The Growing Discontent among the Negroes Its Probable Results What Has Caused It

September 14, 1866


Pointing fearfully to many examples of increased black agency across the state, the control that whites once had over blacks is in question. Diminished in part by the conventions of Philadelphia and the suggestions of greater equality, the fear of many southern whites as to their place in society is reflected.


The Growing Discontent among the Negroes Its Probable Results What has Caused It, Petersburg, September 13, 1866 The frequent disturbances which have recently taken place among us, between the whites and blacks, are ominous of evil. I have once or twice had occasion to speak of the good feeling which characterized their relations towards each other, but several interruptions have occurred; and it is to be feared that the negroes are encouraging a spirit which may lead to trouble. They band together to attack a white man engaged in his lawful business; they molest parties after night on the public streets; they go armed, and discharge their pieces, against all law, within the limits of the corporation; and even offer violent resistance to the police when an attempt is made to arrest them for infractions of the peace. A marked change has certainly taken place in their deportment; but whether it extends to the mass or is confined to the idle and vicious--a large class of themselves--it is difficult to say. What has produced this hostile and lawless feeling is perhaps a matter of speculation. When it is considered, however, that they are far from being ignorant of the progress of events, but are, on the contrary, more observant than ever, a plausible solution may be offered. The late "loyal" Convention in Philadelphia, which was gotten up tor the purpose of enfranchising the negro and dispossessing the white man of his rights and privileges, is calculated more than anything which has happened since the war to produce distrust, disaffection, and alienation between the two races. A seed has been sown which is destined to produce fruit of extreme bitterness, unless its growth should be nipped by a wise policy. It is even doubtful whether anything now can retard its development. It is an easy matter to excite baneful influences in the minds of an ignorant and impulsive population, but extremely difficult to allay them. Weeds grow luxuriantly, while cultivated plants require constant nurture. We may rest assured that the violent harangues of such disorganizers as Stevens,1 Brownlow, Hamilton, and others, will have a deep effect on these people; nor will it be long before being abundantly manifest. Strengthened by a great party movement, a few designing men like Hunnicutt and Wardwell in Richmond will be able to poison a whole community. Whether there are any such characters here, I am unable to say; but the immense gatherings every week at the African churches, and the fact that political parsons are in the ascendant, are of unfavorable augury. As an inevitable consequence of these continued agitations, we may expect to see the labor of the South, so far as the negro element is concerned, become more and more unsettled, until it will be almost worthless. For a few years, old habits of subordination may prevail more or less in the rural districts, but they will gradually yield to a spirit of idleness and self-sufficiency, ending beyond doubt in direct antagonism. The future of the African race in this country cannot be contemplated without a shudder. As the weaker party, they can never sustain themselves in their new condition. In the contingency which has happened, it was predicted thirty years ago by Tocqueville--the most philosophic of observers--that the race would become extinct. With the exception of several instances of the kind alluded to in the commencement of this letter, nothing has occurred worthy of special notice for several days. Snowden.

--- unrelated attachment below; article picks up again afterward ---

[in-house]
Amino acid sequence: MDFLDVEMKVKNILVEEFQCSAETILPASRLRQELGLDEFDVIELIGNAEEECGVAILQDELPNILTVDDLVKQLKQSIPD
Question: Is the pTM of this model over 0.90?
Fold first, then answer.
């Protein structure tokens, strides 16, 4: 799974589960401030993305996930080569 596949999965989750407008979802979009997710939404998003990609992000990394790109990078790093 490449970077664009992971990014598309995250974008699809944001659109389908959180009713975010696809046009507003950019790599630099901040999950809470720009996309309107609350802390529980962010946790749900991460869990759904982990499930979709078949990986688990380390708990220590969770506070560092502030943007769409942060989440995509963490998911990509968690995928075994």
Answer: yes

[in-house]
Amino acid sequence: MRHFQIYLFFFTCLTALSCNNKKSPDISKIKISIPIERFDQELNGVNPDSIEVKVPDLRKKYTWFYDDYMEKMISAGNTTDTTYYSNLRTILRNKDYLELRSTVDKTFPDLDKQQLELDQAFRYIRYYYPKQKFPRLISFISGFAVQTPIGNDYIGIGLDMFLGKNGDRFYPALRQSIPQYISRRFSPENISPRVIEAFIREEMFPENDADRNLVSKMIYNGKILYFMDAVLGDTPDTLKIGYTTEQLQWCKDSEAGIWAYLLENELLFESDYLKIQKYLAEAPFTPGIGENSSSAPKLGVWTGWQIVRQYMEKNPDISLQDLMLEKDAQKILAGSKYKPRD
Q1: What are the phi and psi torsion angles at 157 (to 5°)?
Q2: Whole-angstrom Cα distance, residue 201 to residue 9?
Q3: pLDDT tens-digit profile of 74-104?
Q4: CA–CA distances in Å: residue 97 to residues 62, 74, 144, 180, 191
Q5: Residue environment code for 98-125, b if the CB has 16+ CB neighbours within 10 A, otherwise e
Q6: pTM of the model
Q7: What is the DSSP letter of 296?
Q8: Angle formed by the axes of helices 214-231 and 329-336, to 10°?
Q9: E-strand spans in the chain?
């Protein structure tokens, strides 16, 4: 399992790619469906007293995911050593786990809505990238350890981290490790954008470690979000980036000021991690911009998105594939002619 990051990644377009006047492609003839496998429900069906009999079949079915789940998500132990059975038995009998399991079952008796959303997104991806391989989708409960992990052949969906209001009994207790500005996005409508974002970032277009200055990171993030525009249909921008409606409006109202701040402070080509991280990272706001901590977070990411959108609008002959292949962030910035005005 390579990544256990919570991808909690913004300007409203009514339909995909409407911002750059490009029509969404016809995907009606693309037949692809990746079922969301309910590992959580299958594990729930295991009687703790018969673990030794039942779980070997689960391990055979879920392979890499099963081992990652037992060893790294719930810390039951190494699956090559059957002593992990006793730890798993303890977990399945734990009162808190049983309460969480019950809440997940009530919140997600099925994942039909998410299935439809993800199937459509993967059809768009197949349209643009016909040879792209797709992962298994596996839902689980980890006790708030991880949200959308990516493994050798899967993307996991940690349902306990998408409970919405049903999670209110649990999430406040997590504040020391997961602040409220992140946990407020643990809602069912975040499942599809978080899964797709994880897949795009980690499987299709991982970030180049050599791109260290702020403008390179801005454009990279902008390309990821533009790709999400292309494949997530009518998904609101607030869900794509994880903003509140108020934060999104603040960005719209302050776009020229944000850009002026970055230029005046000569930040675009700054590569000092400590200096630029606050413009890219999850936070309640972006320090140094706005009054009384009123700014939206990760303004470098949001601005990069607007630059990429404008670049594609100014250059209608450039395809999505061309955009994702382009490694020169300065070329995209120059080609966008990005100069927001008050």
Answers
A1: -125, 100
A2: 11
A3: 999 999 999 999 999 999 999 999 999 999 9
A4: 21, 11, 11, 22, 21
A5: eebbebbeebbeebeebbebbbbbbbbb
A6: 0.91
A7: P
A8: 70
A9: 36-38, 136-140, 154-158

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Nat Berry




“The Growing Discontent among the Negroes Its Probable Results What Has Caused It,” Reconstructing Virginia, accessed September 21, 2017,